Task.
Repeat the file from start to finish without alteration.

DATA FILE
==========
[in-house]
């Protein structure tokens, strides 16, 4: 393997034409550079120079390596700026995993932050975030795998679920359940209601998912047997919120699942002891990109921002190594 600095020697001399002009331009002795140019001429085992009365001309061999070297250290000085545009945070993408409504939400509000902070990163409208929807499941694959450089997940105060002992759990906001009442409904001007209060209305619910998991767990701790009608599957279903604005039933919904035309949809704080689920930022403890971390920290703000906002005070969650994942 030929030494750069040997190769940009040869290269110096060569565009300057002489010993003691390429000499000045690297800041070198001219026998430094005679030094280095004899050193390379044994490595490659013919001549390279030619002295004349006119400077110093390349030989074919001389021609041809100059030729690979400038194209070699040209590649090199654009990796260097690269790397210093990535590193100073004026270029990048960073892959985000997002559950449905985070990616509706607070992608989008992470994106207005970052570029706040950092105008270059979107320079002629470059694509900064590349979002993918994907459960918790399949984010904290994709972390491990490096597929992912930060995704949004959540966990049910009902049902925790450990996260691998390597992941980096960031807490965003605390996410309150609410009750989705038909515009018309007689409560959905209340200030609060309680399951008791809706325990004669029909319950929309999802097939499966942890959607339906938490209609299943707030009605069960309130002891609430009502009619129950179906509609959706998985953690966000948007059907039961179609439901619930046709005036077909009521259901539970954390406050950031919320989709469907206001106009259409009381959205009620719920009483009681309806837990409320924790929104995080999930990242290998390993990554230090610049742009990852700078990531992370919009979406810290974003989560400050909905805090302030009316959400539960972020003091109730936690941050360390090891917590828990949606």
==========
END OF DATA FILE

[in-house]
């Protein structure tokens, strides 16, 4: 393997034409550079120079390596700026995993932050975030795998679920359940209601998912047997919120699942002891990109921002190594 600095020697001399002009331009002795140019001429085992009365001309061999070297250290000085545009945070993408409504939400509000902070990163409208929807499941694959450089997940105060002992759990906001009442409904001007209060209305619910998991767990701790009608599957279903604005039933919904035309949809704080689920930022403890971390920290703000906002005070969650994942 030929030494750069040997190769940009040869290269110096060569565009300057002489010993003691390429000499000045690297800041070198001219026998430094005679030094280095004899050193390379044994490595490659013919001549390279030619002295004349006119400077110093390349030989074919001389021609041809100059030729690979400038194209070699040209590649090199654009990796260097690269790397210093990535590193100073004026270029990048960073892959985000997002559950449905985070990616509706607070992608989008992470994106207005970052570029706040950092105008270059979107320079002629470059694509900064590349979002993918994907459960918790399949984010904290994709972390491990490096597929992912930060995704949004959540966990049910009902049902925790450990996260691998390597992941980096960031807490965003605390996410309150609410009750989705038909515009018309007689409560959905209340200030609060309680399951008791809706325990004669029909319950929309999802097939499966942890959607339906938490209609299943707030009605069960309130002891609430009502009619129950179906509609959706998985953690966000948007059907039961179609439901619930046709005036077909009521259901539970954390406050950031919320989709469907206001106009259409009381959205009620719920009483009681309806837990409320924790929104995080999930990242290998390993990554230090610049742009990852700078990531992370919009979406810290974003989560400050909905805090302030009316959400539960972020003091109730936690941050360390090891917590828990949606």